When the World Health Organization (who) issued a global alert on
12 March 2003, the especially virulent and ‘‘unexplained atypical pneu-
monia’’ soon to be known as severe acute respiratory syndrome (sars) had
already crossed a dozen national borders.∞ The disease had surfaced in
China’s Guangdong Province during the previous November, and a world-
wide research effort soon identified ‘‘the first novel infectious disease epi-
demic of the 21st century, caused by a brand-new coronavirus.’’≤ Epide-
miologists rushed to identify its source and the means and routes of its
transmission; journalists scrambled to inform the public of the danger; and
medical researchers labored to find a cure or at least produce a vaccine.
Through their accounts of the outbreak, they quickly turned sars into one
of the ‘‘emerging infections’’ that had been identified as a phenomenon two
decades earlier.≥
While the coronavirus was new to medical science, the scenario of disease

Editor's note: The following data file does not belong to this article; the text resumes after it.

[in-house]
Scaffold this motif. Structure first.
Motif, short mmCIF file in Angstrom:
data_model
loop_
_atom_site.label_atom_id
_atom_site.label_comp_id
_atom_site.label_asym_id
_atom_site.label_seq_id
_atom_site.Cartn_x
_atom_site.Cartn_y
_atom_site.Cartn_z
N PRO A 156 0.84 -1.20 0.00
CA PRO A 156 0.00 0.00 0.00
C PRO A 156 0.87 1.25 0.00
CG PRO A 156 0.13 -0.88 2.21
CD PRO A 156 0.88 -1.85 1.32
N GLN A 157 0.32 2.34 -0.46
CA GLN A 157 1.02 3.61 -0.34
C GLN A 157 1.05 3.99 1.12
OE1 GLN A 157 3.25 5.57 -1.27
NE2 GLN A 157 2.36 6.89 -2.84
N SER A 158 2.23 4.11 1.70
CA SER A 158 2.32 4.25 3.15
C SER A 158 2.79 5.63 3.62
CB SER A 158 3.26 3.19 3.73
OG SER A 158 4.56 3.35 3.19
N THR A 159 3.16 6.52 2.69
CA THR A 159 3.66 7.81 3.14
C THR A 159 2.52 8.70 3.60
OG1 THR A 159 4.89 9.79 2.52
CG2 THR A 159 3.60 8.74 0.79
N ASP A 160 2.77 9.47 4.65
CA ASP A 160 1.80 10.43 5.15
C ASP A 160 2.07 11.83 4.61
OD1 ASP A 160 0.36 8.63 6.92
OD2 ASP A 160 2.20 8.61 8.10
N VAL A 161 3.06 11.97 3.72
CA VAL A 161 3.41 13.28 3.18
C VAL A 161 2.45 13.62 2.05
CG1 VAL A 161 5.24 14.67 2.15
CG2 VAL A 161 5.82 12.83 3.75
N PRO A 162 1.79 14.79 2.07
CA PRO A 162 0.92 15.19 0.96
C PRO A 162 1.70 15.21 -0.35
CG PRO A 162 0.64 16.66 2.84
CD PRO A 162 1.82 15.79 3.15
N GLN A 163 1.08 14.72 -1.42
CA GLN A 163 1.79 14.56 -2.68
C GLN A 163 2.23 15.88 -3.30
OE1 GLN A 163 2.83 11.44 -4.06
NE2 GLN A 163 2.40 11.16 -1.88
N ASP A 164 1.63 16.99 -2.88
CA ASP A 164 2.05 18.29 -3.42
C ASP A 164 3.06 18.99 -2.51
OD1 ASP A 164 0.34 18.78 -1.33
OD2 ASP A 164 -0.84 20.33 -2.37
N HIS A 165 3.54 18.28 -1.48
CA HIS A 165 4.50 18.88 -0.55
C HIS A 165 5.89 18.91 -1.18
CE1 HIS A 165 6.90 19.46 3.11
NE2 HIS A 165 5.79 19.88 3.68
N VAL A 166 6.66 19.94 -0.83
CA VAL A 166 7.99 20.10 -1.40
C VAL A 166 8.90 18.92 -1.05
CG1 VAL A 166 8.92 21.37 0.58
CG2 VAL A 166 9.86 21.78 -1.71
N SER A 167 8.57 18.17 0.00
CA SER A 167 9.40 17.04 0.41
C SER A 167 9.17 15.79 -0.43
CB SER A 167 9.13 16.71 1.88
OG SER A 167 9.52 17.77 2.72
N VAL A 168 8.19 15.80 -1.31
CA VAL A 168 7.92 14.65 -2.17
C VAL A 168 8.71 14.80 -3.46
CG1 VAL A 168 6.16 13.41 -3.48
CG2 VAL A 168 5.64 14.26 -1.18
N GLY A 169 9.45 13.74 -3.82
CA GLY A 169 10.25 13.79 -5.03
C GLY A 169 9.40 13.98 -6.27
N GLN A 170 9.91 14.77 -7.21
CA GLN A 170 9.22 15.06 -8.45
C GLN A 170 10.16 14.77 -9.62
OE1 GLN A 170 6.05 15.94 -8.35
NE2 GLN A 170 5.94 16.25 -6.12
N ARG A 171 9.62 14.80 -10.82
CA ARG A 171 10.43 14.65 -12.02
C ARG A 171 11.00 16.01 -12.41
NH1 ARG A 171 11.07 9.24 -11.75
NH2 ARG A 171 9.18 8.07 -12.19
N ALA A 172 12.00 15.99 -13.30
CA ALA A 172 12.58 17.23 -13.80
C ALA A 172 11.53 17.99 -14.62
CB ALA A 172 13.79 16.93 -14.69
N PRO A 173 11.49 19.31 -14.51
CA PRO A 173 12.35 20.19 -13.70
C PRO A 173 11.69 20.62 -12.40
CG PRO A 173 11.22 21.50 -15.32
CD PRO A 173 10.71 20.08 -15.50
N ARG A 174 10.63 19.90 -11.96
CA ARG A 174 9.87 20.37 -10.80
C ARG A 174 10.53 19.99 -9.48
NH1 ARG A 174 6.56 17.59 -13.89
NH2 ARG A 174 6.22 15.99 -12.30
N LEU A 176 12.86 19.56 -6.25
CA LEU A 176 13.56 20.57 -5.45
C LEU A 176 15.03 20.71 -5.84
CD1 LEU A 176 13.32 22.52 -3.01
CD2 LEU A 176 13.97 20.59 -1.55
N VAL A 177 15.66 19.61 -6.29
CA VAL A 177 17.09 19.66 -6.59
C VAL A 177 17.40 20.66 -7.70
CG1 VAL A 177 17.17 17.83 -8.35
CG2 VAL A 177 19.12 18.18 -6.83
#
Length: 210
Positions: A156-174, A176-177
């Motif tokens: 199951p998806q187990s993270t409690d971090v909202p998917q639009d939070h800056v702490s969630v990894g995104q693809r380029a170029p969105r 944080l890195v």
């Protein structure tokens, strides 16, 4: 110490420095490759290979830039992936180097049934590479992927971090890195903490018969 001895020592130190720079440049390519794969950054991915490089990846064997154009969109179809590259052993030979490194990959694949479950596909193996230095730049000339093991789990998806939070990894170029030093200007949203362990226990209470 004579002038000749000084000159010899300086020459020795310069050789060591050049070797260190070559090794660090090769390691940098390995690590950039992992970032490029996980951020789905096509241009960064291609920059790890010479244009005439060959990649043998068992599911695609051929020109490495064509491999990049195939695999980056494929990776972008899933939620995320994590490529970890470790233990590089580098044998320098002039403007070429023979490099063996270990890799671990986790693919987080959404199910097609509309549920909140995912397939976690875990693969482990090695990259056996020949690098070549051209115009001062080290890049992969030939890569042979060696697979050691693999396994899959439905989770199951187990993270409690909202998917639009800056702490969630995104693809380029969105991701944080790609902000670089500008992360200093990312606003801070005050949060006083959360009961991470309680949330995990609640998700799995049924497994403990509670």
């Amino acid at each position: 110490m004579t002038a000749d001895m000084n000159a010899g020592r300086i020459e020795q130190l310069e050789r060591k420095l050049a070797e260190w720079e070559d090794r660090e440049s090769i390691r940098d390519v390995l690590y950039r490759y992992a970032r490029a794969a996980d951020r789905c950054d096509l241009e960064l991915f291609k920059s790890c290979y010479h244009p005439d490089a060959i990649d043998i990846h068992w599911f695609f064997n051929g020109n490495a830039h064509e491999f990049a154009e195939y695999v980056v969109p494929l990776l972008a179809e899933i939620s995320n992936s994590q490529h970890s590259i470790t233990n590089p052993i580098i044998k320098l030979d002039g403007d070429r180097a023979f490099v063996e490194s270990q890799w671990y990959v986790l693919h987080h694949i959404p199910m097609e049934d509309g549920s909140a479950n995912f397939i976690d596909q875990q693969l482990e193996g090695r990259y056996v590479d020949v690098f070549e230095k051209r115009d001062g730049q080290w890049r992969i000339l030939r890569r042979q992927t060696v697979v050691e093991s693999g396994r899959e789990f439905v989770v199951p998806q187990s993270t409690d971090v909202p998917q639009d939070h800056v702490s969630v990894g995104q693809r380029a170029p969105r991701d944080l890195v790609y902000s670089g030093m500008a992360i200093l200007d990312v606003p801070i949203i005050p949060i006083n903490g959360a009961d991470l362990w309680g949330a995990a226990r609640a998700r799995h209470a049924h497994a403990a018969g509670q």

emergence was entirely familiar, and it facilitated the worldwide response to
sars. Accounts of prior disease outbreaks helped epidemiologists identify
and respond to the problem. Such accounts also supplied points of reference
for journalists seeking to inform the lay public about the spreading infec-
tion. Even medical researchers relied on their knowledge of similar mi-
crobes as they worked to understand the unfamiliar one. As these prece-
dents allowed experts to make sense of a new situation, they also shaped
what they saw and how they responded. The question simmering beneath
even the most sedate of accounts was whether this disease, with its un-
known origins and alarming mortality rate, might be ‘‘the coming plague’’:
the species-threatening event forecast by scientists and journalists and dra-
matized in fiction and film in the closing decades of the twentieth century.∂
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